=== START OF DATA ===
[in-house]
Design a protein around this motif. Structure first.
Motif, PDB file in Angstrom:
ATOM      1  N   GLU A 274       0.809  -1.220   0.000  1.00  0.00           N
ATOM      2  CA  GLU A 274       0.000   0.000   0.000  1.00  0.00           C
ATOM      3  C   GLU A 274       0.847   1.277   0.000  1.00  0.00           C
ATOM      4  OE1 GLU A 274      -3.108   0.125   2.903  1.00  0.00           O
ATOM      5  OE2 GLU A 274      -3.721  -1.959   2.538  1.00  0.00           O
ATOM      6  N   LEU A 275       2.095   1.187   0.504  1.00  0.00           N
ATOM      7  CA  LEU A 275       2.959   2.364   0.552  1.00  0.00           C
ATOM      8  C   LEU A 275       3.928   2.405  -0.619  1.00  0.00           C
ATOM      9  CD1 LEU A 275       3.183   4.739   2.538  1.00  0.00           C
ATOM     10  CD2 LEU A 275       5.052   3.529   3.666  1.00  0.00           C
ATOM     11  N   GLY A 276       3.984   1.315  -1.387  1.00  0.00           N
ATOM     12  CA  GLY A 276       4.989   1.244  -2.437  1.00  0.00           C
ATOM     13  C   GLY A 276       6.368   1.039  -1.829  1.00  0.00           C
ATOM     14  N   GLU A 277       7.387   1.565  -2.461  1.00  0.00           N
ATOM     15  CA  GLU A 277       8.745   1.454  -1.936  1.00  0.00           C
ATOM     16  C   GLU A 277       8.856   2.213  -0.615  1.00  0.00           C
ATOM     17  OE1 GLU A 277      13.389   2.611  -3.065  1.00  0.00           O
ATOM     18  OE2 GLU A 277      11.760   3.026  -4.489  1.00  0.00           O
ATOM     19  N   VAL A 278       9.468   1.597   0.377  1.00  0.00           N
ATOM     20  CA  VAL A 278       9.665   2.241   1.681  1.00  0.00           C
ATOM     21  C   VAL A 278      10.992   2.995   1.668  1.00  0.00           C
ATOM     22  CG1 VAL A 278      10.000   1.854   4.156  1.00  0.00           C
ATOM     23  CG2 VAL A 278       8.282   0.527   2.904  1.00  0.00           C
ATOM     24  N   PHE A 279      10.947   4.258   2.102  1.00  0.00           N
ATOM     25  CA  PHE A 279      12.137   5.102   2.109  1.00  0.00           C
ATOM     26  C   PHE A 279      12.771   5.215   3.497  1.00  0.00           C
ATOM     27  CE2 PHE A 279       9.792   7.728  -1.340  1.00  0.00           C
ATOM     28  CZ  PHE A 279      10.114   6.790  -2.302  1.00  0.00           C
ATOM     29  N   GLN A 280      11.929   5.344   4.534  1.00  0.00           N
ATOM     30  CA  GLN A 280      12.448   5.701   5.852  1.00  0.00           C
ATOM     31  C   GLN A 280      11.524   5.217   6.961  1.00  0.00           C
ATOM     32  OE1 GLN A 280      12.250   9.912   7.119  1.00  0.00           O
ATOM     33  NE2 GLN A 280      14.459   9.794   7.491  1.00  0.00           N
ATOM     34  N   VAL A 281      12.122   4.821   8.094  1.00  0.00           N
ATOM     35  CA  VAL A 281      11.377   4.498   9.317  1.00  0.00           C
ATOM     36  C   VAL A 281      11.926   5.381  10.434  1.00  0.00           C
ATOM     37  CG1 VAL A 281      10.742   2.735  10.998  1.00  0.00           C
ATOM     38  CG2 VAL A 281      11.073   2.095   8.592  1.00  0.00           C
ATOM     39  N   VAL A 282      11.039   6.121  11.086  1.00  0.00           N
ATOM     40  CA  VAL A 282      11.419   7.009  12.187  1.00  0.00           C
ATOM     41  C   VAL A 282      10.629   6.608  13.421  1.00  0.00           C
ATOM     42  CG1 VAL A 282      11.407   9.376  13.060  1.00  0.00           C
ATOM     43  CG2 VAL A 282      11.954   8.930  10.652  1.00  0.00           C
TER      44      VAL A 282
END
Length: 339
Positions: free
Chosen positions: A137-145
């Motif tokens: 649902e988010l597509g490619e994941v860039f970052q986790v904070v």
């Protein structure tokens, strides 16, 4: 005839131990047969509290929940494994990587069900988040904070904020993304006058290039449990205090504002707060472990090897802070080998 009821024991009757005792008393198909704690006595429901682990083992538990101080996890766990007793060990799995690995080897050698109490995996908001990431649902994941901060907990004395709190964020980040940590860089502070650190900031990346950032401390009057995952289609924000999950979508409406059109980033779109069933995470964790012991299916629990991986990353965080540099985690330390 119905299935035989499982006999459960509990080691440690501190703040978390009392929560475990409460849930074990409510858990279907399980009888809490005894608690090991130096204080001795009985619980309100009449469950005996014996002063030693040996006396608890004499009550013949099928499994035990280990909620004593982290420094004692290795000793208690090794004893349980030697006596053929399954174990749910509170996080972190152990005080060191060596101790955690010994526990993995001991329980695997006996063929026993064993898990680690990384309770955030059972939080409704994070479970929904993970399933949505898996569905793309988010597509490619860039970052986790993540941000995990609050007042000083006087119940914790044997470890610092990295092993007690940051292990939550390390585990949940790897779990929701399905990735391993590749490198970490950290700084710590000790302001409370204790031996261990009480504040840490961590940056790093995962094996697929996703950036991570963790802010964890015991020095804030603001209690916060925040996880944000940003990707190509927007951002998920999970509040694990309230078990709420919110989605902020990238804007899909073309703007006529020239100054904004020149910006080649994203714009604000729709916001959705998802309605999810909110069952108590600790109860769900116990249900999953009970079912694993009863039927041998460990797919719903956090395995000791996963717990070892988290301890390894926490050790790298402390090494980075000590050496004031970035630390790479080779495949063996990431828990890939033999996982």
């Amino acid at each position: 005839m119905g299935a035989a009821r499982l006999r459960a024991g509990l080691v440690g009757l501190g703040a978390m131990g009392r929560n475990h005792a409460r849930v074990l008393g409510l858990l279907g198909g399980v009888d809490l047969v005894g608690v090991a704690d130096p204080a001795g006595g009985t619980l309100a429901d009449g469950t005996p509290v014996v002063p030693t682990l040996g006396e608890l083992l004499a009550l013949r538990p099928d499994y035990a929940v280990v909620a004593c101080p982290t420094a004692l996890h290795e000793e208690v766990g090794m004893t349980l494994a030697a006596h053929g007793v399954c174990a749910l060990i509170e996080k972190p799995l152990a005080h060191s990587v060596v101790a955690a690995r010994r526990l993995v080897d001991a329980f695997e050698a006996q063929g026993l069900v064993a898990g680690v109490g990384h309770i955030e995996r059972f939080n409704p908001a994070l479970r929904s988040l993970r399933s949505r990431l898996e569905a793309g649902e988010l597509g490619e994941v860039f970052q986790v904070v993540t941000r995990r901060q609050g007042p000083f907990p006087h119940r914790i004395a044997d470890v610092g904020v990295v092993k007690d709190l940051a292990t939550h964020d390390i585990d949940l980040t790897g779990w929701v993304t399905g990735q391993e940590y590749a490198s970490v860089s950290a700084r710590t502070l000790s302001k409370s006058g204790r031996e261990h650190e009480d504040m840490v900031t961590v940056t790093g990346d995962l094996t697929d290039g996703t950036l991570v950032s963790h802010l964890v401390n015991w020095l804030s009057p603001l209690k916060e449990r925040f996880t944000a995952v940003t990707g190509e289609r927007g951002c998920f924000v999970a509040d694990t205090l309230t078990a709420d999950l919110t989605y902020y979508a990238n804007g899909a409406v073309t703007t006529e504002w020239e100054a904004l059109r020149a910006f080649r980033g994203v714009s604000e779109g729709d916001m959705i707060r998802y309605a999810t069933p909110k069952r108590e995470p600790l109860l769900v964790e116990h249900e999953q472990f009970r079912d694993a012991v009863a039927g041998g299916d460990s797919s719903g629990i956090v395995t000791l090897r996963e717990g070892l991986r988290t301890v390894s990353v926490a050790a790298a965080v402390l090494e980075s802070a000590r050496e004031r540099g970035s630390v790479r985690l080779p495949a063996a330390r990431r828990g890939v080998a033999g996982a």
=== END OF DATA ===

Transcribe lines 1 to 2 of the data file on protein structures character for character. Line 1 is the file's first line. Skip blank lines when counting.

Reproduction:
[in-house]
Design a protein around this motif. Structure first.